Diabetes educator licensing bill advanced by Shackleford now ready for final approval

March 13, 2014 Robin Shackleford

For immediate release:
March 13, 2014


STATEHOUSE – Continuing her focus on health care matters throughout the 2014 session, State Rep. Robin Shackleford (D-Indianapolis) has played a key role in the passage of legislation that will license diabetes educators.

The Indiana Senate approved a conference committee report on Senate Bill 233 this week, which includes Shackleford’s language that will implement the necessary legal modifications to change diabetes educators from a certified position to a licensed position. The measure now moves to the governor’s desk for final approval.

Rep. Shackleford explains the public health impact of Senate Bill 233 in this 41-second audio file.

“The passage of this bill is a huge victory because we were able to secure the governor’s support, and move forward in promoting health care as a priority for all Hoosiers,” said Shackleford.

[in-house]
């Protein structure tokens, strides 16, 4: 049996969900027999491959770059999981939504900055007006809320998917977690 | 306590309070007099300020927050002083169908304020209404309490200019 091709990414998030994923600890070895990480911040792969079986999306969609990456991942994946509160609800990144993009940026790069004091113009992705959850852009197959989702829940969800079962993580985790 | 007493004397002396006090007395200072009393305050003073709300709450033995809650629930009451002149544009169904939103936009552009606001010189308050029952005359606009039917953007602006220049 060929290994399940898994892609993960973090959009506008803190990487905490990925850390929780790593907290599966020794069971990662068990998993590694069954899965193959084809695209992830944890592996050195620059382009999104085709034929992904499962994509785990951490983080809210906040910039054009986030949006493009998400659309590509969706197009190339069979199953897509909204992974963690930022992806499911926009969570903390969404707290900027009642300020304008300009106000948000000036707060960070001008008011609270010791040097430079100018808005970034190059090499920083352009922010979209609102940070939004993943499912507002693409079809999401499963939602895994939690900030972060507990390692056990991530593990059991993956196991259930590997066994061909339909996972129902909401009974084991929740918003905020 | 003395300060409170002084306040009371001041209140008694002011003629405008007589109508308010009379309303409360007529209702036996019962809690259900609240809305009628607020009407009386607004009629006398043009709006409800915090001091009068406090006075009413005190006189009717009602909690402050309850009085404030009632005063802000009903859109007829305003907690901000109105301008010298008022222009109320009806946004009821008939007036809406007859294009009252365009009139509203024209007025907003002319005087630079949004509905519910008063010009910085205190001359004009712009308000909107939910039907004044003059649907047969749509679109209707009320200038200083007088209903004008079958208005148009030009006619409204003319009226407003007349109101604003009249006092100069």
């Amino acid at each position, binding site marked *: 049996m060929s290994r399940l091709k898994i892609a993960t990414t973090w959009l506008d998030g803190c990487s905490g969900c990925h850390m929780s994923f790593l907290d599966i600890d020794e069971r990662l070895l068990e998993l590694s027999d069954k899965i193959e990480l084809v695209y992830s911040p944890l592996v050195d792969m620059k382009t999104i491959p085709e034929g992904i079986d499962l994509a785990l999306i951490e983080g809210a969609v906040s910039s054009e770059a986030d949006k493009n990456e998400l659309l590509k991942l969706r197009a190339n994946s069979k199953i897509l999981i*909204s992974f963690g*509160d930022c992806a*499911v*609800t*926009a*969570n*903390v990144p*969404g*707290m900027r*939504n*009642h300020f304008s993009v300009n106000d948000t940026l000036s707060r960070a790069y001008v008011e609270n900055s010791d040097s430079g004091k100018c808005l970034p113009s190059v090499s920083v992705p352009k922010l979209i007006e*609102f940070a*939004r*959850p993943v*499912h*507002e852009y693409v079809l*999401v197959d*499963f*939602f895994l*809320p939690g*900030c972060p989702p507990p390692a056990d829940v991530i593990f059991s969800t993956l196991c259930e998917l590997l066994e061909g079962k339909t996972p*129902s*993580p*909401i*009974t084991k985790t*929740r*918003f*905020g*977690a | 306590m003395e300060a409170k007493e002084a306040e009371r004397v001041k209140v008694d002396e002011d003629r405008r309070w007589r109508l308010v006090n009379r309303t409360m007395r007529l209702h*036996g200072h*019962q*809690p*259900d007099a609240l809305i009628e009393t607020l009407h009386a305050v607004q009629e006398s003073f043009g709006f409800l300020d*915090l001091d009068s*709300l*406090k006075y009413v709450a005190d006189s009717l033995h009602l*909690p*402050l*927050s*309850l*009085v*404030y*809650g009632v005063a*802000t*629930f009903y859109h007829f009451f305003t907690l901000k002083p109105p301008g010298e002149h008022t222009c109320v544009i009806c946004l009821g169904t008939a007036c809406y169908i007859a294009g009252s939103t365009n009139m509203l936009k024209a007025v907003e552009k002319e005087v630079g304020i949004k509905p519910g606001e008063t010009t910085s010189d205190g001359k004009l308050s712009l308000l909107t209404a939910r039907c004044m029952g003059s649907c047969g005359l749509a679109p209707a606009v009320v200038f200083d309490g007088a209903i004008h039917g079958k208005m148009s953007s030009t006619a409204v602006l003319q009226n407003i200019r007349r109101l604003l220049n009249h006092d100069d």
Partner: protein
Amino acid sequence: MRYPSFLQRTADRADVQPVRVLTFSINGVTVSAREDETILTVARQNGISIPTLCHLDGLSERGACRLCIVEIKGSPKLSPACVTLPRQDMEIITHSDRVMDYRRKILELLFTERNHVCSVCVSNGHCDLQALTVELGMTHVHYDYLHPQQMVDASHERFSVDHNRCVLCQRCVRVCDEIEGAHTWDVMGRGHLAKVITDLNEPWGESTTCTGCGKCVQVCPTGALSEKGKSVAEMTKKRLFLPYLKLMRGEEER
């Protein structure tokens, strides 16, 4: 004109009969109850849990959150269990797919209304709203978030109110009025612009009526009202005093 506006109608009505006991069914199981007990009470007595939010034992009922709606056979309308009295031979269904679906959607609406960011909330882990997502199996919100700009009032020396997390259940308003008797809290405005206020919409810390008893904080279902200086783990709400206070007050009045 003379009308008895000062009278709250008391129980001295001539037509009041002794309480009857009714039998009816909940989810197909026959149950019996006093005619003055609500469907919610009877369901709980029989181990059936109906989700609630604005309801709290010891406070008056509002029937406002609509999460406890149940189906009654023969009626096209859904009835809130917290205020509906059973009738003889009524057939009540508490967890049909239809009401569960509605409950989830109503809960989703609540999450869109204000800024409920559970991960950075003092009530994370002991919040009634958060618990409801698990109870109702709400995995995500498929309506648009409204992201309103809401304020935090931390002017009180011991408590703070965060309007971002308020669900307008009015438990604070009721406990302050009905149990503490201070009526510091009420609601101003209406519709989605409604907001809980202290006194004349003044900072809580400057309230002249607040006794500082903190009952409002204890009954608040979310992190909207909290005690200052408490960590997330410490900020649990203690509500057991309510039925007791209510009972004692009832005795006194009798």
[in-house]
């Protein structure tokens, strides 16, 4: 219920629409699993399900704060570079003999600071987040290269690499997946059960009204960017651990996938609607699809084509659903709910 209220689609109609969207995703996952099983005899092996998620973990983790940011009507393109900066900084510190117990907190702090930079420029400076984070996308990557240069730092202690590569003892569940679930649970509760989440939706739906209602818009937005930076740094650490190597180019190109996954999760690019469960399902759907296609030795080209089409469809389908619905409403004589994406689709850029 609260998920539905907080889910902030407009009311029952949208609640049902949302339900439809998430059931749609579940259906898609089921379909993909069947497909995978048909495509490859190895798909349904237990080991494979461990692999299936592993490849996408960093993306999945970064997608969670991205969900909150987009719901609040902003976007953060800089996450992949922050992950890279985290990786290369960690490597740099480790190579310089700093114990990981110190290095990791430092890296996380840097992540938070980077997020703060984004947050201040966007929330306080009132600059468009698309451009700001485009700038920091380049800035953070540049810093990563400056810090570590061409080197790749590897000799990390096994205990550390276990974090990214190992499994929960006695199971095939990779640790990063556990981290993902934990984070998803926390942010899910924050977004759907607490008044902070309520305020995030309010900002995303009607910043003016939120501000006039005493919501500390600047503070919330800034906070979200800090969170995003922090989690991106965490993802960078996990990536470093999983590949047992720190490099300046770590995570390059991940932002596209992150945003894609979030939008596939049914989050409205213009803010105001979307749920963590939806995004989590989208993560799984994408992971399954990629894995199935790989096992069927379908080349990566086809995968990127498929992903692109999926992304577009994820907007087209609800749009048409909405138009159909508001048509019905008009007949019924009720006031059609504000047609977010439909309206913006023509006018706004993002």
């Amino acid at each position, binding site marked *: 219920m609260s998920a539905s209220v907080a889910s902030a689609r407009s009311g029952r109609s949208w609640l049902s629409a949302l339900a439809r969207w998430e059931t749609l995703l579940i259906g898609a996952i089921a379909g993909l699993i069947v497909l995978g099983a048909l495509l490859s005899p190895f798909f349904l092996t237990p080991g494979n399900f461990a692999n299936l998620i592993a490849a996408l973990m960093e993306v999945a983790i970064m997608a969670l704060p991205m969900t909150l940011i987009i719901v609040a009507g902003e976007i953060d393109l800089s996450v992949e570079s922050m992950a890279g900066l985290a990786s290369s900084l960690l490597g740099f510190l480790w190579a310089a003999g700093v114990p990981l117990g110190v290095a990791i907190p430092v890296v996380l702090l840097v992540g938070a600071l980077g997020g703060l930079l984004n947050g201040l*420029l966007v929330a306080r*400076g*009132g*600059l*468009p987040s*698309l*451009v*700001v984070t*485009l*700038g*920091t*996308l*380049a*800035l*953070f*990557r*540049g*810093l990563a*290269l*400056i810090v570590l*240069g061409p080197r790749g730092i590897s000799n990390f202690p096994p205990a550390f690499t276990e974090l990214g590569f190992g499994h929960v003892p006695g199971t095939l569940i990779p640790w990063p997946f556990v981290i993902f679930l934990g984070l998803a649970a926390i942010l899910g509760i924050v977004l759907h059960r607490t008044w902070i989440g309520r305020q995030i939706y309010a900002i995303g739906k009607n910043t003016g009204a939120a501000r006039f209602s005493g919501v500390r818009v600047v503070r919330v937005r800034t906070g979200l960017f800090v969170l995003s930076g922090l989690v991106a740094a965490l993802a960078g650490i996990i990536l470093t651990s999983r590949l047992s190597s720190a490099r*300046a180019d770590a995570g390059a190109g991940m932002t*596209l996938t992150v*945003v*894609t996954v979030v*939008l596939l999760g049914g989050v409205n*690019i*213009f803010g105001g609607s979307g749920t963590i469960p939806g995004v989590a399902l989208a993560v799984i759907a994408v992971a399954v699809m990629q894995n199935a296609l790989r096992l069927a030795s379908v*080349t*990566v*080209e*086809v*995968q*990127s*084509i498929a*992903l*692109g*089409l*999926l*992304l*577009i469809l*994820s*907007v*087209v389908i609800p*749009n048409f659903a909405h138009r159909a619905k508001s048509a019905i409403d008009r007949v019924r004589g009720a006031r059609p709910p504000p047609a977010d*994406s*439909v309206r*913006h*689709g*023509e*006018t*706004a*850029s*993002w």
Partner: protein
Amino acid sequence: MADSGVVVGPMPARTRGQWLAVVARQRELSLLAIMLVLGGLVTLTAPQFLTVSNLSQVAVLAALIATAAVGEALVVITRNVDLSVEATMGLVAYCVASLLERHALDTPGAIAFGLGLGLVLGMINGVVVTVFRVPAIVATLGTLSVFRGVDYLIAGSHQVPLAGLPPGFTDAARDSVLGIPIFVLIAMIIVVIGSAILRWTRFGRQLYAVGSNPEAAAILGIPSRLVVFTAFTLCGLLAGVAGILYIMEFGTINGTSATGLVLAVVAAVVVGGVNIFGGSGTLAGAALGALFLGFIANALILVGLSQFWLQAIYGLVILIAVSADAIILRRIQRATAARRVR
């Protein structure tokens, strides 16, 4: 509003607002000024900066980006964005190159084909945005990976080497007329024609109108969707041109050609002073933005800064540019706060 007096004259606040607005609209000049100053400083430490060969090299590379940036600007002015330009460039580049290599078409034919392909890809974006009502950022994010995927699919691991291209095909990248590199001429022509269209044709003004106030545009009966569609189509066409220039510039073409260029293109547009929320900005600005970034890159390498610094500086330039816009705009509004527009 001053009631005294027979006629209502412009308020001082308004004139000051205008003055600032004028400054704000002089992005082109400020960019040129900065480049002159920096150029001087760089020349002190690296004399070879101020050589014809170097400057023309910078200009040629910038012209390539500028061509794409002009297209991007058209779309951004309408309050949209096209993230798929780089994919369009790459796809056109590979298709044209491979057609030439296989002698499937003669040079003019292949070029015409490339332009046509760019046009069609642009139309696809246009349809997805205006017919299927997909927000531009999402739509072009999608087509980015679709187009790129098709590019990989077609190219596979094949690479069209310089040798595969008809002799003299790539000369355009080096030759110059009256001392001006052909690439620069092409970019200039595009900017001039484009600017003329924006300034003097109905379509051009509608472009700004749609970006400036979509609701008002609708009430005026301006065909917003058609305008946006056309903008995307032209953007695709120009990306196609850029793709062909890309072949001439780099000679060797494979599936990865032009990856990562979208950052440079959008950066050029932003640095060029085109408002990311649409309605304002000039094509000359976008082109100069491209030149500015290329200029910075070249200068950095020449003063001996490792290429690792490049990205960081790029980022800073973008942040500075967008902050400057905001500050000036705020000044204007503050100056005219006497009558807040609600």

According to Shackleford, this change will give more credibility to those healthcare professionals and educators who tirelessly work to improve diabetes care.

“Diabetes is a serious healthcare concern for 540,000 Hoosiers who are afflicted with this illness,” Shackleford said. “We want to make sure those affected receive the proper information and care from licensed professionals.

“It’s important to maintain high standards when it comes to health services in Indiana. That’s why licensure is important,” she continued.

The Medical Licensing Board (MLB) would be charged as the governing body for diabetes educator licensing and would charge a biannual licensing fee to approved applicants who meet the specified requirements.

“Diabetes education is a collaborative process through which people with or at risk for diabetes gain the knowledge and skills needed to modify their behavior and successfully self-manage diabetes and conditions related to the illness,” said Shackleford.

An applicant must provide evidence to the board showing successful completion of either the American Association of Diabetes Educators core concepts course with demonstrable experience in the care of individuals with diabetes ,the credentialing program of the American Association of Diabetes Educators, the National Certification Board for Diabetes Educators or an equivalent program as determined by the board.

“The bipartisanship that advanced this bill makes sure that the thousands of Hoosiers affected by diabetes receive the proper information and care from licensed professionals, in order to address this distressing health concern,” Shackleford concluded.